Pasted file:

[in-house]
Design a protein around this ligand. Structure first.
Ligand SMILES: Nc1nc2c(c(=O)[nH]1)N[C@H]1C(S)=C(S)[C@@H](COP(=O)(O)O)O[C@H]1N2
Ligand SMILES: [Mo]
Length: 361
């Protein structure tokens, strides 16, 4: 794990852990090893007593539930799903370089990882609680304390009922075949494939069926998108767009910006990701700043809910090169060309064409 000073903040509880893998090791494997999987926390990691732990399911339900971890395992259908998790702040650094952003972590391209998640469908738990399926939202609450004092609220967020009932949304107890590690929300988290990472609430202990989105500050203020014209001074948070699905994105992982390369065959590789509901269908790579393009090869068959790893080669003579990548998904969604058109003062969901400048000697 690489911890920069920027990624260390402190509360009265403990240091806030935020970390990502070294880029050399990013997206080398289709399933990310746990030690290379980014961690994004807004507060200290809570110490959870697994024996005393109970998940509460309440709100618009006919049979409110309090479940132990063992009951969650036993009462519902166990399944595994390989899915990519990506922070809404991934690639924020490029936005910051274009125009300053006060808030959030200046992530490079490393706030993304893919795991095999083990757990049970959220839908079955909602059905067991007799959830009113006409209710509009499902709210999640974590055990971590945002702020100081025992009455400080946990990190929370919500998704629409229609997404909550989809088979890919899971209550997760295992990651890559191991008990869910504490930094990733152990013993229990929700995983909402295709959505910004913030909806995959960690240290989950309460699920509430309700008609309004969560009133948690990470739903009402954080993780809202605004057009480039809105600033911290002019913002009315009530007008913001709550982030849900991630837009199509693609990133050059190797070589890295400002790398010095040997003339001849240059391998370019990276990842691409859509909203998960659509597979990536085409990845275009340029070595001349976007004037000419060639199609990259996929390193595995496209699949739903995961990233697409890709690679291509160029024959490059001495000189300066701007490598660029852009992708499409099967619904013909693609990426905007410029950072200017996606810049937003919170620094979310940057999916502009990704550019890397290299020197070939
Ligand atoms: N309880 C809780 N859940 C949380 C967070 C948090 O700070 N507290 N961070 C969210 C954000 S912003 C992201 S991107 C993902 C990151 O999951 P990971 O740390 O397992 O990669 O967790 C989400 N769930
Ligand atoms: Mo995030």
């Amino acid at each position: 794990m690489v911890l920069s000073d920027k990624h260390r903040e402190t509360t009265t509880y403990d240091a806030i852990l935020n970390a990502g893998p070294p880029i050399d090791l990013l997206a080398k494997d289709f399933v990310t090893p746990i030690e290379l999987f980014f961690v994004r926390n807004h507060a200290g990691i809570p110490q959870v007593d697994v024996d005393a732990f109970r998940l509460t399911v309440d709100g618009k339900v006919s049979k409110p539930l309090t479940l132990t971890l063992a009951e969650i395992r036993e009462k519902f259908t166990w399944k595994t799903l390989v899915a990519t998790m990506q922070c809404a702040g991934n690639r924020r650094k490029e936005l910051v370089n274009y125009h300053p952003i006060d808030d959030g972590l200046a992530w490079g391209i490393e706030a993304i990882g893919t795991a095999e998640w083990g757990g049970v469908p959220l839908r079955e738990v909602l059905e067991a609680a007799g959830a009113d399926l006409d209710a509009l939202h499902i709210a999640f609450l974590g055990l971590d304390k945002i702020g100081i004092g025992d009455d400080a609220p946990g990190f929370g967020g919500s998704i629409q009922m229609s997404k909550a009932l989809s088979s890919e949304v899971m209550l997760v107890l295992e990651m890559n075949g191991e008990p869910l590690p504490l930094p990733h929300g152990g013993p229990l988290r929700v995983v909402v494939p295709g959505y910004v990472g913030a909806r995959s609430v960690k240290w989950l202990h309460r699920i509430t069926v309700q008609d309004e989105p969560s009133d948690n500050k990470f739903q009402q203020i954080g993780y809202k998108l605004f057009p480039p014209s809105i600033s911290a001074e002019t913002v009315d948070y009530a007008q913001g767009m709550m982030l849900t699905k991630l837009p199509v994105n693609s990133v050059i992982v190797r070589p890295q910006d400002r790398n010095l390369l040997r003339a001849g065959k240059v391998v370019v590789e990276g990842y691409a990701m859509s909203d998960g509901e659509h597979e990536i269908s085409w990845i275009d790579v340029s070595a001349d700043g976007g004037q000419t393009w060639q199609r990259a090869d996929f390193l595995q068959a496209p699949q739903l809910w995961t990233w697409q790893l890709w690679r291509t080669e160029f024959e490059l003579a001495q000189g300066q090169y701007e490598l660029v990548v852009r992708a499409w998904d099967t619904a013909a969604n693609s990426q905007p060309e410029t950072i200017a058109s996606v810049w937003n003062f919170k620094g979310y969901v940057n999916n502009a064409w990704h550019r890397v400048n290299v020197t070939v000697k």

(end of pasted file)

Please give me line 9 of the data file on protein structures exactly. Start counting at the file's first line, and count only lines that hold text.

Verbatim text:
């Amino acid at each position: 794990m690489v911890l920069s000073d920027k990624h260390r903040e402190t509360t009265t509880y403990d240091a806030i852990l935020n970390a990502g893998p070294p880029i050399d090791l990013l997206a080398k494997d289709f399933v990310t090893p746990i030690e290379l999987f980014f961690v994004r926390n807004h507060a200290g990691i809570p110490q959870v007593d697994v024996d005393a732990f109970r998940l509460t399911v309440d709100g618009k339900v006919s049979k409110p539930l309090t479940l132990t971890l063992a009951e969650i395992r036993e009462k519902f259908t166990w399944k595994t799903l390989v899915a990519t998790m990506q922070c809404a702040g991934n690639r924020r650094k490029e936005l910051v370089n274009y125009h300053p952003i006060d808030d959030g972590l200046a992530w490079g391209i490393e706030a993304i990882g893919t795991a095999e998640w083990g757990g049970v469908p959220l839908r079955e738990v909602l059905e067991a609680a007799g959830a009113d399926l006409d209710a509009l939202h499902i709210a999640f609450l974590g055990l971590d304390k945002i702020g100081i004092g025992d009455d400080a609220p946990g990190f929370g967020g919500s998704i629409q009922m229609s997404k909550a009932l989809s088979s890919e949304v899971m209550l997760v107890l295992e990651m890559n075949g191991e008990p869910l590690p504490l930094p990733h929300g152990g013993p229990l988290r929700v995983v909402v494939p295709g959505y910004v990472g913030a909806r995959s609430v960690k240290w989950l202990h309460r699920i509430t069926v309700q008609d309004e989105p969560s009133d948690n500050k990470f739903q009402q203020i954080g993780y809202k998108l605004f057009p480039p014209s809105i600033s911290a001074e002019t913002v009315d948070y009530a007008q913001g767009m709550m982030l849900t699905k991630l837009p199509v994105n693609s990133v050059i992982v190797r070589p890295q910006d400002r790398n010095l390369l040997r003339a001849g065959k240059v391998v370019v590789e990276g990842y691409a990701m859509s909203d998960g509901e659509h597979e990536i269908s085409w990845i275009d790579v340029s070595a001349d700043g976007g004037q000419t393009w060639q199609r990259a090869d996929f390193l595995q068959a496209p699949q739903l809910w995961t990233w697409q790893l890709w690679r291509t080669e160029f024959e490059l003579a001495q000189g300066q090169y701007e490598l660029v990548v852009r992708a499409w998904d099967t619904a013909a969604n693609s990426q905007p060309e410029t950072i200017a058109s996606v810049w937003n003062f919170k620094g979310y969901v940057n999916n502009a064409w990704h550019r890397v400048n290299v020197t070939v000697k």